File photo of the logo as seen at the Bank of England in the City of London<br />The logo is seen at the Bank of England in the City of London, Britain in this January 16, 2014 file photo. The Bank of England is expected to make an interest rate decision this week. REUTERS/Luke MacGregor/FilesGLOBAL BUSINESS WEEK AHEAD PACKAGE – SEARCH “BUSINESS WEEK AHEAD OCTOBER 5” FOR ALL 29 IMAGES” width=”1000″ height=”742″ class=”gu-image” /> </figure>
<p><strong>Over at the Bank, they’ll be putting the finishing touches to their announcements — we can expect some rapidfire tweeting once the clock strikes 12.</strong></p>
<p>That’s also the moment that economics correspondents are released from their lock-in. Fleet Street’s finest have been confined in the Bank this morning, getting an early peek at the Inflation Report. </p>
<p>My colleague <strong>Katie Allen</strong> is in Guardian colours….</p>
</p></div>
<p class=Updated

Super Thursday: What to expect

Here are some key points to watch for from the Bank of England today:

  1. The timing of a rate rise: Financial markets are pricing in the first rate hike in autumn 2016, but economists believe it will come sooner. Today’s data could force one side to rethink.
  2. The latest economic forecasts: Global inflation and growth look weaker since the Bank’s last big meeting, in August, so we could get downgrades today.
  3. The EU referendum. Is the Bank worried that Britain could vote to leave the EU? How much damage is the Brexit risk already causing?
  4. How the MPC votes. A second policymaker could join Ian McCafferty and vote to raise rates, or the committee could split 8-1 once again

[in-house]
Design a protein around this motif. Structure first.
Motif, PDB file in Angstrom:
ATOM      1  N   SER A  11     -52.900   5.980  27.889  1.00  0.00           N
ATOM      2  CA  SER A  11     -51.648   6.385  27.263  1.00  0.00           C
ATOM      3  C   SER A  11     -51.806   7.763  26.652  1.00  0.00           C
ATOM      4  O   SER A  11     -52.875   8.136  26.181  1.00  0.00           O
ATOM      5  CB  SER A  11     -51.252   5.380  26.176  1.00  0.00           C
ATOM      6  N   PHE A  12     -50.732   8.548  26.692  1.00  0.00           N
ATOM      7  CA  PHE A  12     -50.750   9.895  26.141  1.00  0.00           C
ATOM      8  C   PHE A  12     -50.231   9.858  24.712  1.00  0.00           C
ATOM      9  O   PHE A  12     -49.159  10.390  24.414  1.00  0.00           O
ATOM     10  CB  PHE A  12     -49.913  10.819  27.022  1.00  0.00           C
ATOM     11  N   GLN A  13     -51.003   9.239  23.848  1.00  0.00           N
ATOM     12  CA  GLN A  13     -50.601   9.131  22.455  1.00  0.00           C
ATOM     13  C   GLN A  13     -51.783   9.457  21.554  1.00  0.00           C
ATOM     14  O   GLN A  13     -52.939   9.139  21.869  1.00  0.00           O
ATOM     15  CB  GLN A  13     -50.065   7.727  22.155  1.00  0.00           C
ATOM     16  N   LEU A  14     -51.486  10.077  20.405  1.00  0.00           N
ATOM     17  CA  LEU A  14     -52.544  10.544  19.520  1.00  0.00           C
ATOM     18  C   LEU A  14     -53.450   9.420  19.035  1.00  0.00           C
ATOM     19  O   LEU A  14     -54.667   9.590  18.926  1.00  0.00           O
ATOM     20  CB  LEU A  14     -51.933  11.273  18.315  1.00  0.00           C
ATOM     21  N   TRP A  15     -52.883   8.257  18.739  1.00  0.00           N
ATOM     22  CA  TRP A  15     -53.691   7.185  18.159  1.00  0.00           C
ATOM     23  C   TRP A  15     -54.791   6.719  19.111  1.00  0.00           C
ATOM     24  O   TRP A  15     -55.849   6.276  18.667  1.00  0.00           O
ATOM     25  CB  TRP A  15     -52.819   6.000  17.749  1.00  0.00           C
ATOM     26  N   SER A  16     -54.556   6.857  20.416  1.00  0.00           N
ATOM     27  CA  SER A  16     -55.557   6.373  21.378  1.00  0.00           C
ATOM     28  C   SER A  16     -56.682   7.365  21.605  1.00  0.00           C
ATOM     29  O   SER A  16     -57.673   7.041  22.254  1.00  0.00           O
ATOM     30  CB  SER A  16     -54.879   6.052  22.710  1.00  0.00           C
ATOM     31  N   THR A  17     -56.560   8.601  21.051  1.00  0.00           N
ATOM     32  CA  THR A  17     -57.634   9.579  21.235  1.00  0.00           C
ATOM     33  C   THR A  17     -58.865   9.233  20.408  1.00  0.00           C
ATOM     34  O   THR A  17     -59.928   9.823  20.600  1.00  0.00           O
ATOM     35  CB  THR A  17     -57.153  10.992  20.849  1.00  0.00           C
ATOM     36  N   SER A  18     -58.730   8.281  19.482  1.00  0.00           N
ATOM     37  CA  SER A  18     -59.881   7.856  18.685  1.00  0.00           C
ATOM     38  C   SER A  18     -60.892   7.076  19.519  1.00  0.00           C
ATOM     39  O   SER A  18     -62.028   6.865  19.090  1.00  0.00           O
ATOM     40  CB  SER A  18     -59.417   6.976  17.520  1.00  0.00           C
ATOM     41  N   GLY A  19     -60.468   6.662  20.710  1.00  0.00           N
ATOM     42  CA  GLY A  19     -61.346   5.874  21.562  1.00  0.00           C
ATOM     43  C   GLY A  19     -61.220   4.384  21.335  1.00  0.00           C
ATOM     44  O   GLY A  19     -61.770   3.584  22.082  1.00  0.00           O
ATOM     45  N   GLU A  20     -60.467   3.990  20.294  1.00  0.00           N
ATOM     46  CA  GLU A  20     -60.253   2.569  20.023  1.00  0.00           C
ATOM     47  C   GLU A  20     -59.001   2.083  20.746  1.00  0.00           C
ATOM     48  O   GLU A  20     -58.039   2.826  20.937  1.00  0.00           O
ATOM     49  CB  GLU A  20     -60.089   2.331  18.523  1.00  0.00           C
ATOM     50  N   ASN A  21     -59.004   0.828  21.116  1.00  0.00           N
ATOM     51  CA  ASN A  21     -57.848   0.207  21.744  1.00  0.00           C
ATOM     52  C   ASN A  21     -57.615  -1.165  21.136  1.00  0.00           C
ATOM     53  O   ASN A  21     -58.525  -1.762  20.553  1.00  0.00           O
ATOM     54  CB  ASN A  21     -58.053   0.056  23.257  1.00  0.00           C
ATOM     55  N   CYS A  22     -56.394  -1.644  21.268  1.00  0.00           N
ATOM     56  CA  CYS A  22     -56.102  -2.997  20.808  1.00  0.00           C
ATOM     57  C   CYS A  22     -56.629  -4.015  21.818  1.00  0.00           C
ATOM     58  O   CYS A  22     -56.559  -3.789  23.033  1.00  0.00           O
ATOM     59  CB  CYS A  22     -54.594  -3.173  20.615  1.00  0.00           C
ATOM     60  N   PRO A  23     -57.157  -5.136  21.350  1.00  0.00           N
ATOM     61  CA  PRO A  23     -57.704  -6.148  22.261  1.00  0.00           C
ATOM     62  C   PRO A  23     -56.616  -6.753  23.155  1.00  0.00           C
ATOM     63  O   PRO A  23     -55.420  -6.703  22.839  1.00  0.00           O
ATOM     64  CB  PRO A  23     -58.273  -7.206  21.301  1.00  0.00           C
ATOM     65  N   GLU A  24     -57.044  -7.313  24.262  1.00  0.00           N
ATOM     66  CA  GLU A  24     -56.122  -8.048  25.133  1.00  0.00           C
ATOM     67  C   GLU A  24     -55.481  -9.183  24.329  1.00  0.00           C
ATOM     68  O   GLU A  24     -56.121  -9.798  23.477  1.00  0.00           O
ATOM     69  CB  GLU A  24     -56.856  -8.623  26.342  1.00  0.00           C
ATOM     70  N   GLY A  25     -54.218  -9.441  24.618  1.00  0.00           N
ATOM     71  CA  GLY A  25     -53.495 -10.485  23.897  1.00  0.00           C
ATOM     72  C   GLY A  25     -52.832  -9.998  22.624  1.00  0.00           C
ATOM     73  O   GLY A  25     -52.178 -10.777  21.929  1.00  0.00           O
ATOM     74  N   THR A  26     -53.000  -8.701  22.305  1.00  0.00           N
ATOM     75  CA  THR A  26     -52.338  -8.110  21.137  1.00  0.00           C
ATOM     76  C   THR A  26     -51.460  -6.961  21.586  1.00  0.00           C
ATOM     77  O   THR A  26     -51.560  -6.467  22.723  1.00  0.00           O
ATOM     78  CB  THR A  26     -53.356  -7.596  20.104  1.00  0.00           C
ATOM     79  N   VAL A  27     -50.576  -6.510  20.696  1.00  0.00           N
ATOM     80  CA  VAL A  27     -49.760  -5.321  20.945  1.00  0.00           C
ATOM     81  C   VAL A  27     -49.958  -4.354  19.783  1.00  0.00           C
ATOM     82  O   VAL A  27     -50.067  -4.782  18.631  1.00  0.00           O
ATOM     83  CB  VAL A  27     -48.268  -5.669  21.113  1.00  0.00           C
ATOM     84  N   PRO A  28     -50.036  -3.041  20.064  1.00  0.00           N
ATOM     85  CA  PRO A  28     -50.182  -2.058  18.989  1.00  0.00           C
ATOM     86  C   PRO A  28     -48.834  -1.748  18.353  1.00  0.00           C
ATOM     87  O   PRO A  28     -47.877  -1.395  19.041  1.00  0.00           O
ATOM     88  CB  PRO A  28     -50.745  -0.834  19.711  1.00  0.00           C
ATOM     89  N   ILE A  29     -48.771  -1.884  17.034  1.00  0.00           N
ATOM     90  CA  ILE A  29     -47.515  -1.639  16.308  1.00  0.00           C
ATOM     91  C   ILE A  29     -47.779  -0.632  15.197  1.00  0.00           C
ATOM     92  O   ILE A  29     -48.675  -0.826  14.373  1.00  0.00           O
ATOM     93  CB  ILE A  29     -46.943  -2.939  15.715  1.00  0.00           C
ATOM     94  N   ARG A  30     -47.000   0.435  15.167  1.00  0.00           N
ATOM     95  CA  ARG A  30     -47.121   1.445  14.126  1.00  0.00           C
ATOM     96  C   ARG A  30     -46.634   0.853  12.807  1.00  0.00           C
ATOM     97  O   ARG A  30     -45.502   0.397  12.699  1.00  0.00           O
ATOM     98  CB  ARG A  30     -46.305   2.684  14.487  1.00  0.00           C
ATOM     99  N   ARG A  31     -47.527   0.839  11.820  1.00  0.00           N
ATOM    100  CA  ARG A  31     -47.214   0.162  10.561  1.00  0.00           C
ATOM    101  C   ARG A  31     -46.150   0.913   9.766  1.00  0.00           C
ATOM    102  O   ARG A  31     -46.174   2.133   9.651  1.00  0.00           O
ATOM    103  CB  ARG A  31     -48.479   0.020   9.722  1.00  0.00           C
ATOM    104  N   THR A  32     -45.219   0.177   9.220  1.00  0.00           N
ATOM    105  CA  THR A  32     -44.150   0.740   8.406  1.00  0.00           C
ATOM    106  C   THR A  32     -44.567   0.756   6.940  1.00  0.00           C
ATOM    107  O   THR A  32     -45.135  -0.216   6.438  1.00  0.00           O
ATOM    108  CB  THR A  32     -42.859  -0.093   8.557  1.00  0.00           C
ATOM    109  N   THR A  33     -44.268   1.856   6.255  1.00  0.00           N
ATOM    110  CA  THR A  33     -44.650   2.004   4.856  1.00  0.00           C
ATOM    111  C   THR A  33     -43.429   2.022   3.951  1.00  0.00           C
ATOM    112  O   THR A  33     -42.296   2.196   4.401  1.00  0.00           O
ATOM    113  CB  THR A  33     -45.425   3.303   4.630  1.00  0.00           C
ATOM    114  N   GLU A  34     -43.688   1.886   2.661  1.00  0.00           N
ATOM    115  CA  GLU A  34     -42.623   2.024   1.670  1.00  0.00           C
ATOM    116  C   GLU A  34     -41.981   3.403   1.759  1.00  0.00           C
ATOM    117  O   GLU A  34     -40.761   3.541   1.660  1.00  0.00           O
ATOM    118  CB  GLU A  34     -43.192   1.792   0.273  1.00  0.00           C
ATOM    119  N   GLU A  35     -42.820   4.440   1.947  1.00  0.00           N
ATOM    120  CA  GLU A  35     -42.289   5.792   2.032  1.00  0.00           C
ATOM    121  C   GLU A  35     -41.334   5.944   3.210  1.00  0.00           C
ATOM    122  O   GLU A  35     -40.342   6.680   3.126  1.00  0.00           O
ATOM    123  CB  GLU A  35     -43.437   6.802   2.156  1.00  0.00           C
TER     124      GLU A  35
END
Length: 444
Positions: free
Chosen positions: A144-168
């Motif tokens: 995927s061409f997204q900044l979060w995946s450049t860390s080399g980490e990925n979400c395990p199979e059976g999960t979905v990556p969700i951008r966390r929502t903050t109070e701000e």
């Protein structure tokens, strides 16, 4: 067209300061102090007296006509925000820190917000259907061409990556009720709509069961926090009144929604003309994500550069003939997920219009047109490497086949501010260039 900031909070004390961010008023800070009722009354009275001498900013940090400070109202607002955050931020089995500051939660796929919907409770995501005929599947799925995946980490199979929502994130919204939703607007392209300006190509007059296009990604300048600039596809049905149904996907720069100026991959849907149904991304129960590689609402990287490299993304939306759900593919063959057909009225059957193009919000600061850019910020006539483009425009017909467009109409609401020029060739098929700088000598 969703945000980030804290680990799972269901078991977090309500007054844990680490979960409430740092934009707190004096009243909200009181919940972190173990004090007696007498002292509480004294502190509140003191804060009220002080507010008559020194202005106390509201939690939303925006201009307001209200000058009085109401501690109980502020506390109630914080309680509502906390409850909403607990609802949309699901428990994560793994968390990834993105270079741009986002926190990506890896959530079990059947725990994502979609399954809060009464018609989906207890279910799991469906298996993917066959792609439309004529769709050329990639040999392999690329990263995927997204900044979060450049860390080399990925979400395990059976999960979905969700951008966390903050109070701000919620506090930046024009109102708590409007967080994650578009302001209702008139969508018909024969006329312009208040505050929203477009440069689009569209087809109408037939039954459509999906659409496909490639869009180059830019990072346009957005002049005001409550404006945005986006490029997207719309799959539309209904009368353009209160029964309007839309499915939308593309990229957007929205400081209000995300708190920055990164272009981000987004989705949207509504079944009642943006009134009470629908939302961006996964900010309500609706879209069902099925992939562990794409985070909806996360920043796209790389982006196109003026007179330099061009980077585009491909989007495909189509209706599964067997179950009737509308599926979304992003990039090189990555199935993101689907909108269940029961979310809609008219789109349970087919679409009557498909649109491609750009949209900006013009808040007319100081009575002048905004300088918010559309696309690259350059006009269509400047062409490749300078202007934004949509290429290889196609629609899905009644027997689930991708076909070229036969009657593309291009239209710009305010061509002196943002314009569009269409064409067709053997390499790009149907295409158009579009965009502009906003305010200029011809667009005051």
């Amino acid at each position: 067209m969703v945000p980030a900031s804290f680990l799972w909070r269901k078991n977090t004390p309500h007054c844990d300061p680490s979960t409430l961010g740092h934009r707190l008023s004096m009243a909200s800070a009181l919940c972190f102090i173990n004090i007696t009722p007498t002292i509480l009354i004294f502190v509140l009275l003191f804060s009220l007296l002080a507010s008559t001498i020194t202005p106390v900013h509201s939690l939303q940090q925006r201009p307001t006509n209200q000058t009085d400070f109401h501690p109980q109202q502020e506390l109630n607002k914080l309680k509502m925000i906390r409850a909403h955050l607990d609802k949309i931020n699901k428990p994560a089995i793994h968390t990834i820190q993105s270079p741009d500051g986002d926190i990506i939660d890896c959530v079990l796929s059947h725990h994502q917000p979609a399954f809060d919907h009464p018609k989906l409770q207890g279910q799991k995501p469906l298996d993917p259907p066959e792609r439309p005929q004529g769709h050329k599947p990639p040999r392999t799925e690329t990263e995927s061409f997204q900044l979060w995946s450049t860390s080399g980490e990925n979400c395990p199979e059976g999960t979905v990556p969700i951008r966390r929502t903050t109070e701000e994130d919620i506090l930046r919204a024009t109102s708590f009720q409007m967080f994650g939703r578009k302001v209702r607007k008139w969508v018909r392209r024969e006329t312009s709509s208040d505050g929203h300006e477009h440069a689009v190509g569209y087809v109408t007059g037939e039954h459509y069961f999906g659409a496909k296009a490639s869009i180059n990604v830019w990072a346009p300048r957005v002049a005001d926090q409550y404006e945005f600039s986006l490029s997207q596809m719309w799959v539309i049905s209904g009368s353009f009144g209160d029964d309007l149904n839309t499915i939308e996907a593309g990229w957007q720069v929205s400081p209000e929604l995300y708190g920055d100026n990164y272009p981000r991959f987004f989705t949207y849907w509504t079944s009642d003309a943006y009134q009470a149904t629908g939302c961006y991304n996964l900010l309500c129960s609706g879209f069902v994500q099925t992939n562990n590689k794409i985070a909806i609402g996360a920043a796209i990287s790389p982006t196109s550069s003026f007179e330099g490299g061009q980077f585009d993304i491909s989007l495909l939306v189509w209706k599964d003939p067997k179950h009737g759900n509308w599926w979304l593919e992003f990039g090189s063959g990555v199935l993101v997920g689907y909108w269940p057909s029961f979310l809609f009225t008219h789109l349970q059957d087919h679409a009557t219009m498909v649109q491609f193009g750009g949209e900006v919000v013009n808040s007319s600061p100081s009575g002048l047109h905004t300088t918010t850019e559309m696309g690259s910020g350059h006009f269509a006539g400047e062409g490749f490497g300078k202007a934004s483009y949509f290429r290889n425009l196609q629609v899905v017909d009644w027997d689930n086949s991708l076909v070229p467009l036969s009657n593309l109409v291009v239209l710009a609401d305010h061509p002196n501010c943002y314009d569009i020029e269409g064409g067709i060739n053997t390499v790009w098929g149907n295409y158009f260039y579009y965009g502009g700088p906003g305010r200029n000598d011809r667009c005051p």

5. How the pound reacts. A hawkish performance from Mark Carney at the press conference could drive sterling up, which would not please exporters.

Marketwatch’s preview has more details:

5 things to watch for the Bank of England’s Super Thursday

The mood in the City is rather subdued today, as investors wait for the Bank of England to unleash a plethora of announcements and reports at noon.

The FTSE 100 has lost 27 points, under-performing the rest of Europe. It’s been pulled down by the mining sector, and supermarket chain Morrisons which posted a 2.6% drop in sales.

Biggest fallers on the FTSE 100
Biggest fallers on the FTSE 100 Photograph: Thomson Reuters

Alastair McCaig, Market Analyst at IG, predicts few surprises from the BoE today.

Last quarter’s Super Thursday was not that super and it is difficult to see where the shock and awe will come from this time round. City traders will have to digest a plethora of data in quick succession, with a rate decision, policy minutes and the inflation report all followed by a speech from Mark Carney.